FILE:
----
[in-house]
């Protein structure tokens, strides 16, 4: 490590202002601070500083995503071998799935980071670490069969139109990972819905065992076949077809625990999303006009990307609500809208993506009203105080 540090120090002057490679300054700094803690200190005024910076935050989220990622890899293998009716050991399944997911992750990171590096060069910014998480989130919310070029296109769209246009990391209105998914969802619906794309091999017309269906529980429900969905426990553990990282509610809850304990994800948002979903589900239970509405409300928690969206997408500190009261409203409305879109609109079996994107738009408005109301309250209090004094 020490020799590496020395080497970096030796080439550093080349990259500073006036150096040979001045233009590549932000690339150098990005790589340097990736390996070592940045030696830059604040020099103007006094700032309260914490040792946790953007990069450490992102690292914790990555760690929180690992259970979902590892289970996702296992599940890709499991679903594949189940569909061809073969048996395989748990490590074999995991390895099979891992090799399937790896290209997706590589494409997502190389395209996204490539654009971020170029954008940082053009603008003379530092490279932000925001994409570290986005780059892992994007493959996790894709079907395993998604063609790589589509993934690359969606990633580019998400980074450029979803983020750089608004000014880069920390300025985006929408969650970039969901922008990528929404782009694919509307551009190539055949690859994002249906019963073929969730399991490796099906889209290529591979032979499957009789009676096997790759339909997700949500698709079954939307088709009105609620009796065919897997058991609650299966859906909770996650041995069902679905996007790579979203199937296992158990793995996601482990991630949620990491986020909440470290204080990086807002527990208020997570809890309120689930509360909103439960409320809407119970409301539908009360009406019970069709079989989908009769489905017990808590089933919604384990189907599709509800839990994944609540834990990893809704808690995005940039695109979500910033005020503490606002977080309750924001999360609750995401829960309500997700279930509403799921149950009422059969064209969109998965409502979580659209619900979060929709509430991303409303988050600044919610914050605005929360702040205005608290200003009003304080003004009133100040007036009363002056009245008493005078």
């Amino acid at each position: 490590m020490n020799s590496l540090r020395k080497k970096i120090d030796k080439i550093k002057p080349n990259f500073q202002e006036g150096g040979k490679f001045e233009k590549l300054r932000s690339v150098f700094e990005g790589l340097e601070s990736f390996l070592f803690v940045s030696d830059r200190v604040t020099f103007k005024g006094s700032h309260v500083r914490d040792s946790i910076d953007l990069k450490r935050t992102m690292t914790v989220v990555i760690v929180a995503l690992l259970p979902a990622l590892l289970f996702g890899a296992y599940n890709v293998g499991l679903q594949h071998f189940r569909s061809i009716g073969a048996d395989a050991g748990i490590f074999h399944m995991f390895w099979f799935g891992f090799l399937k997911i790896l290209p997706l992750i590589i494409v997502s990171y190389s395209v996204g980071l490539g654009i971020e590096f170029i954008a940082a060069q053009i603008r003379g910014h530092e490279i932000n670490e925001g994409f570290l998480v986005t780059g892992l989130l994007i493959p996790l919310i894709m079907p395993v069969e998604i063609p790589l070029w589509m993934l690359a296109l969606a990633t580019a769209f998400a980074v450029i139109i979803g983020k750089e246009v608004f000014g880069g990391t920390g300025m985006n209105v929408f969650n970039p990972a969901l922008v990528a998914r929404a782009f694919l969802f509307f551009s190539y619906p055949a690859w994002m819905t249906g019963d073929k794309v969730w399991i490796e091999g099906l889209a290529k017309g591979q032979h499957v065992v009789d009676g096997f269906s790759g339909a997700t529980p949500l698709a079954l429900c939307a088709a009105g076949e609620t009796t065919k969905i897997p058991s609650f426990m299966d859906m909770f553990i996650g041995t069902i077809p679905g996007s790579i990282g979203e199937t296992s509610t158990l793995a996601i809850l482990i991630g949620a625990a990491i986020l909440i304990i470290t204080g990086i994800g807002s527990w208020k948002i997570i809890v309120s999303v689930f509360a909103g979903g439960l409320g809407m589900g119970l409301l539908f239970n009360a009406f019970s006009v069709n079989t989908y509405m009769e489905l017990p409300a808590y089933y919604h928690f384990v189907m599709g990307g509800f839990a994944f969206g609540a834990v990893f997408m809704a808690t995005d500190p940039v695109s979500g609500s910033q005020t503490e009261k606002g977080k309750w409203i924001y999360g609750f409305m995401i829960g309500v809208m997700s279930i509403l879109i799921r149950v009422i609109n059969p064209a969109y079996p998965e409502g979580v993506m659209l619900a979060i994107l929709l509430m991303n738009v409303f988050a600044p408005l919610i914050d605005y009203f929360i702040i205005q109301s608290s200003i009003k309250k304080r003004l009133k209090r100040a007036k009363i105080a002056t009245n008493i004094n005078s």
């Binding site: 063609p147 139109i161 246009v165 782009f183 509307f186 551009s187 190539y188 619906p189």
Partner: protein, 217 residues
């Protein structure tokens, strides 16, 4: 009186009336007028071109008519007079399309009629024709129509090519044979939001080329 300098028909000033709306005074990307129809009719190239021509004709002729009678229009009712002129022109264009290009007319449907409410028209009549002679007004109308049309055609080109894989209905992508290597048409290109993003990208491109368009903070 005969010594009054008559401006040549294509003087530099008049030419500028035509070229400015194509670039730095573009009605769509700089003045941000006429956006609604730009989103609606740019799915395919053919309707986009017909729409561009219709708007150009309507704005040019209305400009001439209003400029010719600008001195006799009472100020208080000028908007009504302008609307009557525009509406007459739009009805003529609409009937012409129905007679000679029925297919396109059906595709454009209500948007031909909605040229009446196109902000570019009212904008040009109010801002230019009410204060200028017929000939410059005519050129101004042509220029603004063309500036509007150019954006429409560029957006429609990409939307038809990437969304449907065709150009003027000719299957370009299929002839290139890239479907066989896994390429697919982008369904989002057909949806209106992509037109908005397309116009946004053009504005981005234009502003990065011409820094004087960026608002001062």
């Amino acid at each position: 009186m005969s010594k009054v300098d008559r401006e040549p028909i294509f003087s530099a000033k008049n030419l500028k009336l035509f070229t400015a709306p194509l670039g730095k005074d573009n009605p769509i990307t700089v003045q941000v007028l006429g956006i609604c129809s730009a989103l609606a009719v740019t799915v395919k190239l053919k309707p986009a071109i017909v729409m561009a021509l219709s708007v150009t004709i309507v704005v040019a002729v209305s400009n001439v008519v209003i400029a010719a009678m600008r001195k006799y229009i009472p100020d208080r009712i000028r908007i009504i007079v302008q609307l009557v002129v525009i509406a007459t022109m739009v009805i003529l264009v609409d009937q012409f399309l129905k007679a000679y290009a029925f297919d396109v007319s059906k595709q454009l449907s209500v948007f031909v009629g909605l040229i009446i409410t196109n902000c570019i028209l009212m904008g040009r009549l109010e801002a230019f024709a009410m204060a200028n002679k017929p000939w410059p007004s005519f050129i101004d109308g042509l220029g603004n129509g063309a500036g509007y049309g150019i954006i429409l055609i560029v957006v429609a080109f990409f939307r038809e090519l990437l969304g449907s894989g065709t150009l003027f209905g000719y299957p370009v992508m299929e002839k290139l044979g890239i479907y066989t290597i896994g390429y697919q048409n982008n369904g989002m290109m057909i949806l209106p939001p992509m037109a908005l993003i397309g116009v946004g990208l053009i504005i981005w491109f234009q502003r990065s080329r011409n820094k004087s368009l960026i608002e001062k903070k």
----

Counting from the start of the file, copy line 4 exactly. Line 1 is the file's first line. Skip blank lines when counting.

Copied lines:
């Binding site: 063609p147 139109i161 246009v165 782009f183 509307f186 551009s187 190539y188 619906p189």